I attended a session at the Academy of Nutrition and Dietetics’ Food & Nutrition Conference this past fall in Atlanta, which honestly made me giddy with excitement. This session, presented by leading researchers in the field, shed new light on the role of water intake and weight loss: Cells in our body need to be swollen with water to burn body fat. Dehydrated cells are not able to burn the calories we eat as efficiently. Burn more calories and body fat while decreasing daily calorie intake by drinking a sufficient amount of water every day.
While many have claimed there isn’t yet enough research to directly connect water consumption with weight loss, Dr. Jodi Stookey at Children’s Hospital in Oakland demonstrates that many studies in the exercise physiology literature have already been completed to show our need for water to burning fat. In fact, 25% to 40% more fat is burned when water (rather than caloric drinks) is being taken in during moderately intense exercise. Of course, the sugar in sports drinks is often needed for energy during intense or lengthy exercise, as well as the electrolytes included in these beverages. However, we don’t need extra energy and electrolytes while we are not exercising, and especially not while eating a meal. On the contrary, we want to burn fat stores, rather than lock them up.
Caloric beverages consumed with meals stimulate our body to produce insulin too quickly and for too long after the meal, which shuts down fat cells from burning energy. Food stimulates insulin, but at a slower pace and for a shorter time, especially if the meal is high in fiber and protein while low in sugar and refined white flour (high glycemic foods). Drink water instead of other beverages during your meals so that you can burn those calories more efficiently. Someone in the audience at this conference asked about drinking milk as a beverage with meals and snacks, given the crucial nutrients in milk. In regard to weight loss, Dr. Stookey recommended replacing milk with yogurt. She pointed out that milk was one of the caloric beverages used in the studies that revealed water’s advantage in weight loss. The sweet taste of diet drinks still stimulates insulin that decreases the breakdown of fat cells even though they don’t contain calories.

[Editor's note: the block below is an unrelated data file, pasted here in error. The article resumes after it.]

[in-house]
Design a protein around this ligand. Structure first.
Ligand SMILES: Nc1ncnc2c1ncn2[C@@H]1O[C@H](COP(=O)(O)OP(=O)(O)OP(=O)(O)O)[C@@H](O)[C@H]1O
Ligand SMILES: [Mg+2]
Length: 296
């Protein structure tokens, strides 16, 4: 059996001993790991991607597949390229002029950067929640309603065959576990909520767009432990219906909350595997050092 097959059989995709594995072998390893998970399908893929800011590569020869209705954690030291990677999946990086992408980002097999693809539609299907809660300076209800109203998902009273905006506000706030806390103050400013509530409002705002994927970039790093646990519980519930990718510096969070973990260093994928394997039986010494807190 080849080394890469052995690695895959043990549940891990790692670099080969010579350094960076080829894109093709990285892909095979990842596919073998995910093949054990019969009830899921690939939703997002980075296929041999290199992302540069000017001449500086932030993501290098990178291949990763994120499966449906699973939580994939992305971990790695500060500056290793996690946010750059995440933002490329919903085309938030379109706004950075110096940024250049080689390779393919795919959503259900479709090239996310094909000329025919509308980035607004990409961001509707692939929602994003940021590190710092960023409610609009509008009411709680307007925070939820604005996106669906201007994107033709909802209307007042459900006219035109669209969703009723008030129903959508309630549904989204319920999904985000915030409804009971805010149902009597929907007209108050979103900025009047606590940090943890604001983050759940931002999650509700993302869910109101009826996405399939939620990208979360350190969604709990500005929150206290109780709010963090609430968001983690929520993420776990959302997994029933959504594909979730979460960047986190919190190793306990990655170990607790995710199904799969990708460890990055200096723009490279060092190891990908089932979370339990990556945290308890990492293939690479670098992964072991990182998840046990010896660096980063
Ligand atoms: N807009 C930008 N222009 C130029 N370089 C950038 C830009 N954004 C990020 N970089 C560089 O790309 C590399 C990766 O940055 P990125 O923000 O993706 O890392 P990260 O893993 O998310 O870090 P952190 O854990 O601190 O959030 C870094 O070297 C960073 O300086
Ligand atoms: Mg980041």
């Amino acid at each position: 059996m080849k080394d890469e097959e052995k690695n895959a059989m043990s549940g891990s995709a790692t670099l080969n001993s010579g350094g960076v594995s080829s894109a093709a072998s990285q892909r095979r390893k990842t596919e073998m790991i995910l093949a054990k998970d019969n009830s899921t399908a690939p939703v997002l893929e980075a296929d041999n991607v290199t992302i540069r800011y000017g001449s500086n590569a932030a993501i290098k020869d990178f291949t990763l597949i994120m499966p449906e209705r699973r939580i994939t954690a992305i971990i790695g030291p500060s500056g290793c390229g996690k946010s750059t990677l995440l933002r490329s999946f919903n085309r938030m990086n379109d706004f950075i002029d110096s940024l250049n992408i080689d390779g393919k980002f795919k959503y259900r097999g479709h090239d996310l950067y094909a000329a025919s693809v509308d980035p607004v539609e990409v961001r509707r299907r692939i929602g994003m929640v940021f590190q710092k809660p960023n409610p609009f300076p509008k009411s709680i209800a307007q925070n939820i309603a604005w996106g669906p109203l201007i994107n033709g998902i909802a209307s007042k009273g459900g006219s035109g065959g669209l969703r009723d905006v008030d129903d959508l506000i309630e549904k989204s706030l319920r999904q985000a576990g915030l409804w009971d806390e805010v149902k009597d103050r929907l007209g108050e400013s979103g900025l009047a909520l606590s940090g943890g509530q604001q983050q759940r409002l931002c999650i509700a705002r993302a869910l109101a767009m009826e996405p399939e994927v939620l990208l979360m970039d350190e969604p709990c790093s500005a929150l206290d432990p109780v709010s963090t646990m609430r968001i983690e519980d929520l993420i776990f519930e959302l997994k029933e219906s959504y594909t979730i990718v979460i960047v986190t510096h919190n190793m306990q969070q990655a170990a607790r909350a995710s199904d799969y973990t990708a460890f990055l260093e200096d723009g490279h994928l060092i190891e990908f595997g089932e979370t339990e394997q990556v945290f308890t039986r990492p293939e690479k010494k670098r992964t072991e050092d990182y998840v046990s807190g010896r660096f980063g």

Water is void of calories, so you receive the extra benefit of saving calories when you skip caloric drinks. Research shows that people don’t eat additional food to compensate for calories saved from drinking water instead of caloric beverages (although the same can’t be said about diet sodas). Even decreasing calories by 300 every day makes a difference over time. Given that caloric beverages are mostly simple sugars, the calories saved are even more helpful to your body weight. We often confuse our bodies’ signals for thirst as a sign to eat. Sometimes our mouths just need something to do. Water fills you up, and it doesn’t add on calories the way that munching on snacks does.